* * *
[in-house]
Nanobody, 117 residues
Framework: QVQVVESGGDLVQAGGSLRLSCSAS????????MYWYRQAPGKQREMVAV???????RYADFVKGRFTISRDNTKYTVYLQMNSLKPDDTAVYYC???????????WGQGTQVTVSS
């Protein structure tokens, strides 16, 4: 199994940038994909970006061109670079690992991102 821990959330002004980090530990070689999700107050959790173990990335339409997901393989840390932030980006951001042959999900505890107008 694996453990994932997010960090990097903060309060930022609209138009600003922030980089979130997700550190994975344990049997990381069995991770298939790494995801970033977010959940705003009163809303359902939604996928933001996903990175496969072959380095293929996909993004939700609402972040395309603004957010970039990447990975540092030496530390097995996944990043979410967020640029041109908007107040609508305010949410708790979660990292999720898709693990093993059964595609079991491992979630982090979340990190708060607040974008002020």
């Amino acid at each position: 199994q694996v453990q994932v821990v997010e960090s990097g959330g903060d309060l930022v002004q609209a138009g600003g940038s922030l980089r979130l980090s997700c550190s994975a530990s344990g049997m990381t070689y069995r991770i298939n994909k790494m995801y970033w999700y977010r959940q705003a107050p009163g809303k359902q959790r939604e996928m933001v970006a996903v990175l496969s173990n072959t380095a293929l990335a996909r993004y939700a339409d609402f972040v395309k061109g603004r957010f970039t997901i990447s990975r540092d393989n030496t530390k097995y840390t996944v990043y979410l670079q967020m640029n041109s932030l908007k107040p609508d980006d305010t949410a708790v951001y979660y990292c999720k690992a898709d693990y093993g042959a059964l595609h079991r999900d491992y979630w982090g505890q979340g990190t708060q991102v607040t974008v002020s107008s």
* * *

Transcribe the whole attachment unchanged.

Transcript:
[in-house]
Nanobody, 117 residues
Framework: QVQVVESGGDLVQAGGSLRLSCSAS????????MYWYRQAPGKQREMVAV???????RYADFVKGRFTISRDNTKYTVYLQMNSLKPDDTAVYYC???????????WGQGTQVTVSS
């Protein structure tokens, strides 16, 4: 199994940038994909970006061109670079690992991102 821990959330002004980090530990070689999700107050959790173990990335339409997901393989840390932030980006951001042959999900505890107008 694996453990994932997010960090990097903060309060930022609209138009600003922030980089979130997700550190994975344990049997990381069995991770298939790494995801970033977010959940705003009163809303359902939604996928933001996903990175496969072959380095293929996909993004939700609402972040395309603004957010970039990447990975540092030496530390097995996944990043979410967020640029041109908007107040609508305010949410708790979660990292999720898709693990093993059964595609079991491992979630982090979340990190708060607040974008002020």
């Amino acid at each position: 199994q694996v453990q994932v821990v997010e960090s990097g959330g903060d309060l930022v002004q609209a138009g600003g940038s922030l980089r979130l980090s997700c550190s994975a530990s344990g049997m990381t070689y069995r991770i298939n994909k790494m995801y970033w999700y977010r959940q705003a107050p009163g809303k359902q959790r939604e996928m933001v970006a996903v990175l496969s173990n072959t380095a293929l990335a996909r993004y939700a339409d609402f972040v395309k061109g603004r957010f970039t997901i990447s990975r540092d393989n030496t530390k097995y840390t996944v990043y979410l670079q967020m640029n041109s932030l908007k107040p609508d980006d305010t949410a708790v951001y979660y990292c999720k690992a898709d693990y093993g042959a059964l595609h079991r999900d491992y979630w982090g505890q979340g990190t708060q991102v607040t974008v002020s107008s």